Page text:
News

Marianne Crowder, dancer and teacher, dies at 104

Palo Alto woman who taught dance and fitness for nearly eight decades succumbs to pancreatic cancer

Marianne Elser Crowder, who shared the joy and discipline of dance with generations of young women and who showed older women how to remain fit and flexible, died peacefully June 4 at her Palo Alto home at age 104, surrounded by family and friends. She had pancreatic cancer.

Marianne was a well-known and revered teacher of dance and corrective exercise, and a choreographer for many years on the Peninsula.

Born in Colorado Springs, Colo., from a very early age she exhibited an unusual gift for dance. She enrolled in the Perry Mansfield School of Dance and Theater in Colorado and studied with many of the leading pioneers of modern dance, including Louis Horst, Doris Humphrey, Helen Tamiris, Hanya Holm and Daniel Nagrin.

When she completed her studies she joined the Hanya Holm Dance Company during their residences at Bennington College and Mills College. She managed and performed with the Perry Mansfield Company on the RKO Vaudeville Circuit throughout the United States and Canada.

Settling in Colorado Springs, she taught both modern dance and folk dancing at the Cheyenne Mountain School, the Broadmoor Academy of Dance, and was named chair of the Dance Department at Colorado College.

She resigned her position to marry writer Paul Crowder and they moved to California in 1940. For 19 years she taught in the Stanford University Drama Department and choreographed dances for major Stanford productions for the Drama and Music Departments. Her expertise in historical dance led to choreographic commissions for the Carmel Bach Festival and the production of the film, "The Court Dances of the Renaissance."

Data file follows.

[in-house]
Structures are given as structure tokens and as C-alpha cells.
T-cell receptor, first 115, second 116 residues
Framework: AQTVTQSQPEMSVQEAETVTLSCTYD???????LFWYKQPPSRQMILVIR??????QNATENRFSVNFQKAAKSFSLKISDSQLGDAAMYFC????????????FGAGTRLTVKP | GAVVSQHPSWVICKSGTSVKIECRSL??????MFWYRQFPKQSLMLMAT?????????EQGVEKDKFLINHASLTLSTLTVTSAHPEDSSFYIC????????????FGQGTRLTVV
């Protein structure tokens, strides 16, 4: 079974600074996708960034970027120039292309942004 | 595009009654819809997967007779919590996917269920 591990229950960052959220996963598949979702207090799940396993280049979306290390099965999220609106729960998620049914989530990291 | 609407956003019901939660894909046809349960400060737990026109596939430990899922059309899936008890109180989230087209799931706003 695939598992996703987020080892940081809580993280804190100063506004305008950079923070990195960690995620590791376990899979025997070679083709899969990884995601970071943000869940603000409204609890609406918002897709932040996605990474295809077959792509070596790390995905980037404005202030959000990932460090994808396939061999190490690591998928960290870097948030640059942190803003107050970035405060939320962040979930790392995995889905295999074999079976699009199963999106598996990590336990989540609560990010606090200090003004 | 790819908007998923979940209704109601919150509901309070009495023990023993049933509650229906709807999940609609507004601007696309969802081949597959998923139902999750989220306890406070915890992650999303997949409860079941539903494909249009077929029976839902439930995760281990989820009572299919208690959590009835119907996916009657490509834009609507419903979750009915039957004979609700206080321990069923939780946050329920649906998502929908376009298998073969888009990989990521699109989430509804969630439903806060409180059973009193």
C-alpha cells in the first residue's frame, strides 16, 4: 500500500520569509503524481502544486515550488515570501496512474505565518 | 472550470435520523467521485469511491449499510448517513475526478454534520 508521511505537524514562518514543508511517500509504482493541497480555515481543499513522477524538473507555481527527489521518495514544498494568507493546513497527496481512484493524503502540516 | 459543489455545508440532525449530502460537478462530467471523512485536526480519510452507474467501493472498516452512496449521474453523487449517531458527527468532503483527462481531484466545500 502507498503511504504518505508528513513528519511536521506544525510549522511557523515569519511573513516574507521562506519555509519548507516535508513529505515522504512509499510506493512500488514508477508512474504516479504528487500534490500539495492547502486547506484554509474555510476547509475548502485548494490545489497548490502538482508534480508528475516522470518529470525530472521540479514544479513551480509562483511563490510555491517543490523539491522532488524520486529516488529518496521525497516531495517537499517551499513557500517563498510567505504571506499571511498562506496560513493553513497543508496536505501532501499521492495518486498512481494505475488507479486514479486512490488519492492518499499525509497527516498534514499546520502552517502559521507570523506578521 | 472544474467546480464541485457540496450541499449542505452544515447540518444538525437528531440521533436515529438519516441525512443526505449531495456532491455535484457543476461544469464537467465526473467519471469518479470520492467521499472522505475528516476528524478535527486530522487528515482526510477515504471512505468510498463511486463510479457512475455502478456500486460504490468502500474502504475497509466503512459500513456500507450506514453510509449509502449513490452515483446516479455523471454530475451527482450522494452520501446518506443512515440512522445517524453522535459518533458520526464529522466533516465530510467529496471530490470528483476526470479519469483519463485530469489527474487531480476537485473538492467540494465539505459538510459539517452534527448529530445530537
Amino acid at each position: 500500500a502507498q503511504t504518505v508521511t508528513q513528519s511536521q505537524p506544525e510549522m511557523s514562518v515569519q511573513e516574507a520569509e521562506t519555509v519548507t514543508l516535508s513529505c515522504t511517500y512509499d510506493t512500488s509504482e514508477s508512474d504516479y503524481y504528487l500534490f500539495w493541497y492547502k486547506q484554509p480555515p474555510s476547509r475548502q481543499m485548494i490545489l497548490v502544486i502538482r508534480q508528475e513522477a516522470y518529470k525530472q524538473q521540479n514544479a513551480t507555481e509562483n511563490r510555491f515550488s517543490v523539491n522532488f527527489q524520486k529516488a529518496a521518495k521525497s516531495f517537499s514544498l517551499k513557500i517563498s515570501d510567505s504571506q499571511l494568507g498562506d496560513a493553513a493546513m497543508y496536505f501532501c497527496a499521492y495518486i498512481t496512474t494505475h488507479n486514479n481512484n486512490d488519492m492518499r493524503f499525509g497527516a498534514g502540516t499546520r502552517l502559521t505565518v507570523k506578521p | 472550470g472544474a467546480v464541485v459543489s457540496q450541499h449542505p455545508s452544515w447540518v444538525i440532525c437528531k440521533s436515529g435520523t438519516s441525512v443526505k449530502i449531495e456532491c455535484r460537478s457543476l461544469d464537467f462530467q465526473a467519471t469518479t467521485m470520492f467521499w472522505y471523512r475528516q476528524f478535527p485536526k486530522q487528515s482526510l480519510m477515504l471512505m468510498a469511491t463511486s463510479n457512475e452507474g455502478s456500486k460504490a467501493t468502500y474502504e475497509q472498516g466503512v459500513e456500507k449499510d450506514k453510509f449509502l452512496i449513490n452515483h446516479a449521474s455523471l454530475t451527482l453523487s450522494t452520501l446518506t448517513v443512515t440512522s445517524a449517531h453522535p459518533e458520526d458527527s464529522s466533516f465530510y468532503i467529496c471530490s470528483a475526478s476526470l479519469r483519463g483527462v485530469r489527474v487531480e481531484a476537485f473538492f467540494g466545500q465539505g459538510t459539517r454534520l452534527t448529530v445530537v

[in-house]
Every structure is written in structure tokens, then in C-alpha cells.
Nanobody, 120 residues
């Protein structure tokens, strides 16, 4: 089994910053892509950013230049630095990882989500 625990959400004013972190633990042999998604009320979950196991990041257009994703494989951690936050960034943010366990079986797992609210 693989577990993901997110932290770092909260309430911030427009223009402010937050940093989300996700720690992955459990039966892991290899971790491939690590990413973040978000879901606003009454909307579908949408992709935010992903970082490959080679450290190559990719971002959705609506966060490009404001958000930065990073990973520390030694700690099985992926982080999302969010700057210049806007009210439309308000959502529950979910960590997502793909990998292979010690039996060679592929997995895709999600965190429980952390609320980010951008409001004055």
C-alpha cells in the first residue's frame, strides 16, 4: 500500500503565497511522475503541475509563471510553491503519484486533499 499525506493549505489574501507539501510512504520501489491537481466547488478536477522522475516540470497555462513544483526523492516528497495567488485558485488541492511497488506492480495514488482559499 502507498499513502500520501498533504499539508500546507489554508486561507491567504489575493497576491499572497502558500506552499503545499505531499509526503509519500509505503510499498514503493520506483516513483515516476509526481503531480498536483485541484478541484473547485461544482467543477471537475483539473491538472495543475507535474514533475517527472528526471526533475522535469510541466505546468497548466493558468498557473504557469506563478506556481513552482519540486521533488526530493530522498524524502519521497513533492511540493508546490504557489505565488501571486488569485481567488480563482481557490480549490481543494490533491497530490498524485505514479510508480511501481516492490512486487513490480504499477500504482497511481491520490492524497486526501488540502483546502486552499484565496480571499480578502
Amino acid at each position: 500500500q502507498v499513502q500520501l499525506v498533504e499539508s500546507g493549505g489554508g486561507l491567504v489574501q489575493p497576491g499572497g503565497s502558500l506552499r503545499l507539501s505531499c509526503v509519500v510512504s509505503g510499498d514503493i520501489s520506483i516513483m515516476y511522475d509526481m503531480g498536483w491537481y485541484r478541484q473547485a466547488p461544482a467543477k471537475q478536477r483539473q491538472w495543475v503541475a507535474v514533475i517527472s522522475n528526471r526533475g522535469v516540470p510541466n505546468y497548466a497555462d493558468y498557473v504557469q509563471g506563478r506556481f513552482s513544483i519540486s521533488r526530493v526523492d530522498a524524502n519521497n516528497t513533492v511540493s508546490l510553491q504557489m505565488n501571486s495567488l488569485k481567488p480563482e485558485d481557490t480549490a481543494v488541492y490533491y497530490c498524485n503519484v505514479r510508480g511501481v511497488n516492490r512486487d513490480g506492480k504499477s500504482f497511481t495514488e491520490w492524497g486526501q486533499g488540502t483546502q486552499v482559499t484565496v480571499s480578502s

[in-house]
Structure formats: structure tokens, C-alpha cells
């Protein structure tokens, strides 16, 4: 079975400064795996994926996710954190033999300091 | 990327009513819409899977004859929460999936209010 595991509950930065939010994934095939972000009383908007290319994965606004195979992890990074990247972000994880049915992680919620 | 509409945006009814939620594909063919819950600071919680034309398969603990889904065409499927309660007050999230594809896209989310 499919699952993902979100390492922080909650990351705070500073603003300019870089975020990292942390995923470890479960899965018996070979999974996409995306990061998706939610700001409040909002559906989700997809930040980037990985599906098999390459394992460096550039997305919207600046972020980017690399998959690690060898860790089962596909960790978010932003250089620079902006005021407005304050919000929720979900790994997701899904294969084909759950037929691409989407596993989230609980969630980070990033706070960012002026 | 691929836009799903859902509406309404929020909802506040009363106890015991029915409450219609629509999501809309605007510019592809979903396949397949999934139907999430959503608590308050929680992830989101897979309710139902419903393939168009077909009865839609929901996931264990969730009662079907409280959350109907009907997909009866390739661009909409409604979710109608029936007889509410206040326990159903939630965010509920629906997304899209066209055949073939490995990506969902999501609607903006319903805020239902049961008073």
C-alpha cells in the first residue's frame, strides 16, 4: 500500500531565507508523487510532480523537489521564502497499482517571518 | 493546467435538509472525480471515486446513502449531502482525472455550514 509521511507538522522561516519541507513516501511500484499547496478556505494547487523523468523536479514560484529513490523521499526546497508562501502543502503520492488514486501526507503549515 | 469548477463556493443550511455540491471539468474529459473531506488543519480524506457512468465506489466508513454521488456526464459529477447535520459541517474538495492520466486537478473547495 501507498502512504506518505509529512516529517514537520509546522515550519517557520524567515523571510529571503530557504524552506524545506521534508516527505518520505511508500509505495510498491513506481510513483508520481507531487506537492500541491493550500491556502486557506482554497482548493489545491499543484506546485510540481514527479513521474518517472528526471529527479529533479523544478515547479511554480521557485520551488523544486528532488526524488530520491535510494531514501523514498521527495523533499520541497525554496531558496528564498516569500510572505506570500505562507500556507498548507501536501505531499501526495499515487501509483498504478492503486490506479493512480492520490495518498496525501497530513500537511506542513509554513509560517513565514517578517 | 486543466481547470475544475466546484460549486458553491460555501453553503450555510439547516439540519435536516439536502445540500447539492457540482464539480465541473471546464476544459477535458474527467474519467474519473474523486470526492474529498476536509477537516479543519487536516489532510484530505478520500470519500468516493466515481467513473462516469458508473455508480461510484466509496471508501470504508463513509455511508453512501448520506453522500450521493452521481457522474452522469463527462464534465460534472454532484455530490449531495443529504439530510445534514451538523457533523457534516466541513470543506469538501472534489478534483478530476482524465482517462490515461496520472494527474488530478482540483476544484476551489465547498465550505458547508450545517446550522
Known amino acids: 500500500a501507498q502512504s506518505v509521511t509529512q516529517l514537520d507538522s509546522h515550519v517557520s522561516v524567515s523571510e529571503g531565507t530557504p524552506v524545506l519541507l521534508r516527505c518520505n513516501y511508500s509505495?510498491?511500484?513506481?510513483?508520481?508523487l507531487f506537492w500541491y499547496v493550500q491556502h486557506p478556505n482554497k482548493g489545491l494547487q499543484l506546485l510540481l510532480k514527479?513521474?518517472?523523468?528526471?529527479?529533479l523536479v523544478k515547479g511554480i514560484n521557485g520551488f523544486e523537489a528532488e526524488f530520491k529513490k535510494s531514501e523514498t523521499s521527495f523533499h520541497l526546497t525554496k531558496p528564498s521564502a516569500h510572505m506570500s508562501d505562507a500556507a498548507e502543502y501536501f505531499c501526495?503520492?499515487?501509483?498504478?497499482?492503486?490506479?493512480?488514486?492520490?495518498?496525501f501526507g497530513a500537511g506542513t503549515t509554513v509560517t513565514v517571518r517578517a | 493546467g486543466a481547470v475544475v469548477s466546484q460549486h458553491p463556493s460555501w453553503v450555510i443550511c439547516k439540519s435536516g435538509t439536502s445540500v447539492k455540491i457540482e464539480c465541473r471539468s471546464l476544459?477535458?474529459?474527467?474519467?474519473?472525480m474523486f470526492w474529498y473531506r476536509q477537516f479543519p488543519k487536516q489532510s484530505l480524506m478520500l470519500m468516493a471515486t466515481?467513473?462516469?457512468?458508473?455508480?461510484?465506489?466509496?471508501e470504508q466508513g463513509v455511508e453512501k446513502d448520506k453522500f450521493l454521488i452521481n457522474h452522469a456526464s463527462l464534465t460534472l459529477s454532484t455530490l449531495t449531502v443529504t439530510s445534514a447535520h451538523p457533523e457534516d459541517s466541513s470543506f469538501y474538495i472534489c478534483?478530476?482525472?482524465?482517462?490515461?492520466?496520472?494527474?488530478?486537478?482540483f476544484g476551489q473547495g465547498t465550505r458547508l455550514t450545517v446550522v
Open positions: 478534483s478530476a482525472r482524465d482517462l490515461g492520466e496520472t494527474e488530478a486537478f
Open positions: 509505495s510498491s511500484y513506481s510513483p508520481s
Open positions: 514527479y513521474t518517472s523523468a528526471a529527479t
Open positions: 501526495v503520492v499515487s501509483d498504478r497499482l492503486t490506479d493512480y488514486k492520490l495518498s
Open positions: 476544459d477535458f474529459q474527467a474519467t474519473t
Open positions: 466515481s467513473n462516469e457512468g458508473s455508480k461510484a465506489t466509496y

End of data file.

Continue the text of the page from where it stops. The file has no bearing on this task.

In 1949 she initiated a series of courses in corrective exercises sponsored by the Palo Alto Adult Education program and later the Menlo Park Recreation Department, where they still continued. She also began a decades-long studio to teach young girls dance. Many programs, with scripts written by her husband, involved hundreds of students over the years. She retired from active teaching at 95. In 2007 she was celebrated as the oldest Girl Scout in America -- the Weekly published a detailed article about her life on April 20, 2007.

She is survived by her two daughters Anne Gully (Anthony) of Tempe, Ariz., and Susan Miller (Robert) of Lafayette. She leaves 10 grandchildren (Wendy Crowder, Rosamond Crowder, Rodney Headington, Hilary Hanel, Megan Davis, Tracy Chiappone, Christopher Chiappone, Cary Chiappone, Emma Gully, and Craig Chiappone) and 12 great-grandchildren.

A private family memorial service is planned. In lieu of flowers the family requests gifts in her memory to the UCSF Foundation's Pancreas Cancer Program Fund, P.O. Box 45339, San Francisco, CA 94145-0339.

— Palo Alto Weekly staff

Comments

Posted by Amy, a resident of Old Palo Alto
on Jun 11, 2010 at 8:47 am

So proud to have been one of Ms. Crowder's students as a young girl. Will NEVER forget her patience, kindness and love for dance that she shared with SO many of us.
Rest in peace sweet lady.


Posted by GS Troop 60647 leader, a resident of Charleston Meadows
on Jun 11, 2010 at 10:40 am

The Palo Alto Girl Scout community will deeply miss Mrs. Crowder. I am honored to have met her. She was a lovely and gracious woman.


Posted by Sherry, a resident of Old Palo Alto
on Jun 11, 2010 at 9:41 pm

I first had the pleasure of meeting Marianne Crowder in the mid 80s, when at the time she had engaged my services as a financial consultant.
I had the pleasure of serving her financial needs for many years thereafter, and always did and will hold her in the highest regard.

Her zest for life, her energy, and positive attitude were infectious.

Rest in peace dear lady. You will be missed.

Sherry Bijan
RIA


Posted by Homer Winslow, a resident of Barron Park
on Jun 13, 2010 at 10:09 pm

[Post removed by Palo Alto Online staff.]


Posted by Jason Fell, a resident of another community
on Sep 1, 2011 at 9:45 pm

[Post removed by Palo Alto Online staff.]


Posted by Megan Davis, a resident of Old Palo Alto
on Nov 16, 2011 at 11:55 am

Thank you for all your kind comments about my Grandmother......she truly was a treasure and I am very honored and humbled to be her Granddaughter!! Take care....


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